The report established the following facts-That during the time the CJM arrived in the inspectors’ chamber he was forced to consume Liquor and after he was taken to the hospital medical injuries were found on his body and when the CJM tried to contact the district judge he was not allowed to do so. A panchnama showing the drunken state of the CJM was also signed by two people. Further the CJM’s blood was taken for medical examination and his report stated that alcohol was found in his blood.
- Whether the SC under Art 129 derives its inherent per for contempt?
- Whether the courts power to punish for its contempt gets restricted under the Contempt of courts Act 1971?
- Whether the actions of the inspector and police officials amounted to contempt of Court and interfered with the process of judiciary?
- What punishment should be awarded to contemner’s who are guilty of Contempt?
Argument from both sides-
Arguments made by the Police inspector and the Officials-
- That the apex court didn’t have any power or jurisdiction to deal with cases of Contempt of the concerned court and that the powers regarding contempt are demarcated under Articles 129 and 215 demarcate the respective areas of the Apex court and High courts.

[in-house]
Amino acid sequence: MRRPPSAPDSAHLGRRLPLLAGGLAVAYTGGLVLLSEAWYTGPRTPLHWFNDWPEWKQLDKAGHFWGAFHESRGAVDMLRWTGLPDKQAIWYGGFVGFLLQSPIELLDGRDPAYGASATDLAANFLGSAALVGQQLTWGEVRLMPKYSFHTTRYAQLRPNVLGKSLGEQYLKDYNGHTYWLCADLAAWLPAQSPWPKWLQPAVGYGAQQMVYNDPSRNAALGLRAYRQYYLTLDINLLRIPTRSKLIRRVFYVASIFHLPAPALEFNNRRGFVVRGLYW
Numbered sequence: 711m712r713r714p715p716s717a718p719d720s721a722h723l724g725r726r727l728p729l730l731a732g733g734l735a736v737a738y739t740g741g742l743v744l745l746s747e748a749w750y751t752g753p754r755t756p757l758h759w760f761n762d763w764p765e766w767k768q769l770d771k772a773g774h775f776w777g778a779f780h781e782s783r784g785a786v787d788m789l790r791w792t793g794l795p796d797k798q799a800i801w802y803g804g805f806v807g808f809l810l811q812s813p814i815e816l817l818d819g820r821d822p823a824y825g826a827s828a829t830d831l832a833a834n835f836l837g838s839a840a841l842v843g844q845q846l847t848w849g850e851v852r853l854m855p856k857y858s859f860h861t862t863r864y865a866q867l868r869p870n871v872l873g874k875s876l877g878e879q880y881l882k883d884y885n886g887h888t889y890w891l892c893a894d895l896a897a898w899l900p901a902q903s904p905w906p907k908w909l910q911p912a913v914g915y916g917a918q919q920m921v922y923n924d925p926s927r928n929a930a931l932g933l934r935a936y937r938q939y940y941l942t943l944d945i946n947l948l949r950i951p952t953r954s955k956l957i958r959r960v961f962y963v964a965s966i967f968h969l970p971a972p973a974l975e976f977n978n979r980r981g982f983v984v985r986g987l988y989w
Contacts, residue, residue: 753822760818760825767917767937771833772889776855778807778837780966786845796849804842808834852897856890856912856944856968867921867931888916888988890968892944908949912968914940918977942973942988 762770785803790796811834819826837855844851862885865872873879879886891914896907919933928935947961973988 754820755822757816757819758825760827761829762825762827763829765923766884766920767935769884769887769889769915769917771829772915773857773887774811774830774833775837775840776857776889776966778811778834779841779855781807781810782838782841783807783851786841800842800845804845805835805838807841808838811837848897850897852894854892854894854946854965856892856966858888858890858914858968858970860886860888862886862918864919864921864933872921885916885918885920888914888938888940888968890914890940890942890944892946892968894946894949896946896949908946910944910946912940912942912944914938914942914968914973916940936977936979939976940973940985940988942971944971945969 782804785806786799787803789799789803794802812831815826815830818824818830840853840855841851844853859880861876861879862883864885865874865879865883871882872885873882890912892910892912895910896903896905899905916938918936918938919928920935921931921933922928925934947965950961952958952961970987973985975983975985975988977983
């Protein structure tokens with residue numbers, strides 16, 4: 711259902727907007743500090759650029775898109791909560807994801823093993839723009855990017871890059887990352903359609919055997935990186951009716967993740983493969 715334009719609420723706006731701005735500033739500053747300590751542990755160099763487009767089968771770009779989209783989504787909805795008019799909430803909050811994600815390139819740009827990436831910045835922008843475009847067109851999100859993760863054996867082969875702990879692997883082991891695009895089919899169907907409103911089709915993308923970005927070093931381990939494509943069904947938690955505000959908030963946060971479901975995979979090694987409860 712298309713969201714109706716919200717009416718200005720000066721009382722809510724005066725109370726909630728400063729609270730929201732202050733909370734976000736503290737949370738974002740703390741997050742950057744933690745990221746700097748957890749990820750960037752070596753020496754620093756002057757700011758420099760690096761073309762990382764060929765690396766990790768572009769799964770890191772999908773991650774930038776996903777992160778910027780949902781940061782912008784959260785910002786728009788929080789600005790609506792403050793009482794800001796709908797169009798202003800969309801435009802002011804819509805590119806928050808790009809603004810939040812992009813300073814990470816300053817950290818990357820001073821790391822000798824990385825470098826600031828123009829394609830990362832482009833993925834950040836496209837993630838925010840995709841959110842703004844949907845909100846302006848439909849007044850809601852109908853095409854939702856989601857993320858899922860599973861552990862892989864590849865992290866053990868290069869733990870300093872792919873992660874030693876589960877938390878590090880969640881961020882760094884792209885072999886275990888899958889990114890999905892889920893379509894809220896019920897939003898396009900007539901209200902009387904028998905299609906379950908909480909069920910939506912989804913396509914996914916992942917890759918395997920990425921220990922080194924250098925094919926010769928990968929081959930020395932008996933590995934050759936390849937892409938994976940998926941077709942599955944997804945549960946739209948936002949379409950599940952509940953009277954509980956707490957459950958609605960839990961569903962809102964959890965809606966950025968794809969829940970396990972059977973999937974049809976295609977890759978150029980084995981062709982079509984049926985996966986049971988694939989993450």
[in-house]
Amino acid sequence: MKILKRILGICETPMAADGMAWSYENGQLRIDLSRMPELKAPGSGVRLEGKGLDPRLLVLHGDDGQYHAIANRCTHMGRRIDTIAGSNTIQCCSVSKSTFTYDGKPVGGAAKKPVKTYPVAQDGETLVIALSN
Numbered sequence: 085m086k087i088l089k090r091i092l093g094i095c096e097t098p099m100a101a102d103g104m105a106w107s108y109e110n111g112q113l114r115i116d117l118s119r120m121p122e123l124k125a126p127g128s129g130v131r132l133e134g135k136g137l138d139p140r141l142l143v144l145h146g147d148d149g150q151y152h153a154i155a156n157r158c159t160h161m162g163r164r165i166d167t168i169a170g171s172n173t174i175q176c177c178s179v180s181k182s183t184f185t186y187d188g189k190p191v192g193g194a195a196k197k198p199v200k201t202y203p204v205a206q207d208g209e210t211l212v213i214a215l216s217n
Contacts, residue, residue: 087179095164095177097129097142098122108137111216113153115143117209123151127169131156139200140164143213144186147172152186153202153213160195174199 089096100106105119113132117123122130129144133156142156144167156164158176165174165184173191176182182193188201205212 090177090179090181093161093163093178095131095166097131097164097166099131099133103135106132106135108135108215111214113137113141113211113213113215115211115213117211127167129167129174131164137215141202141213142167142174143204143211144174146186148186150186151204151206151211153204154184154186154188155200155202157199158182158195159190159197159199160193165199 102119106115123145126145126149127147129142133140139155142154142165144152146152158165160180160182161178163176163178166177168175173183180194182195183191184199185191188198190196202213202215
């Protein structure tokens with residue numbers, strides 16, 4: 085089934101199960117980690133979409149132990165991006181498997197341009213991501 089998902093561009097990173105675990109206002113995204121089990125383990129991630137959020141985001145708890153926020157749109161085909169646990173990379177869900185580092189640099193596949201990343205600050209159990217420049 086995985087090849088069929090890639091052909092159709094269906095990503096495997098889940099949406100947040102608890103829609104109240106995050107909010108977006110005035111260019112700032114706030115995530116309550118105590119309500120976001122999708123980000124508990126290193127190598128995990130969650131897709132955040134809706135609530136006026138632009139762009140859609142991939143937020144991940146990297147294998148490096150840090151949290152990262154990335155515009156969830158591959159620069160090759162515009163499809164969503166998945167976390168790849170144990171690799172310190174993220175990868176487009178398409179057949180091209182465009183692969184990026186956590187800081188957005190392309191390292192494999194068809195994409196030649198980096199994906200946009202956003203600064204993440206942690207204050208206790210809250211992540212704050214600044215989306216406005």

- Despite the Fact the SC is adjudged as the court of record it cannot derive any of its powers from the constitution or any statute to adjudge the contempt of any subordinate courts.
- The contemner’s further argued that under Section 15 of the contempt of Courts Act the SC has no power to deal with contempt of the Subordinate courts. They further argued that there are no inherent powers to decide when this jurisdiction is not conferred by any law or statute prevalent at that time.
- The decision with regard to inherent powers of the SC in case of Art 129 was foreclosed with the case of K.L. Gauba v. The Honable Chief Justice and Judges of the High Court o]’ judicature at Lahore & Anr. And that this apex court being the successor of the federal court should follow the decision of its earlier court.
- There is no case of universal jurisdiction as powers of all the courts is limited and that includes the SC also.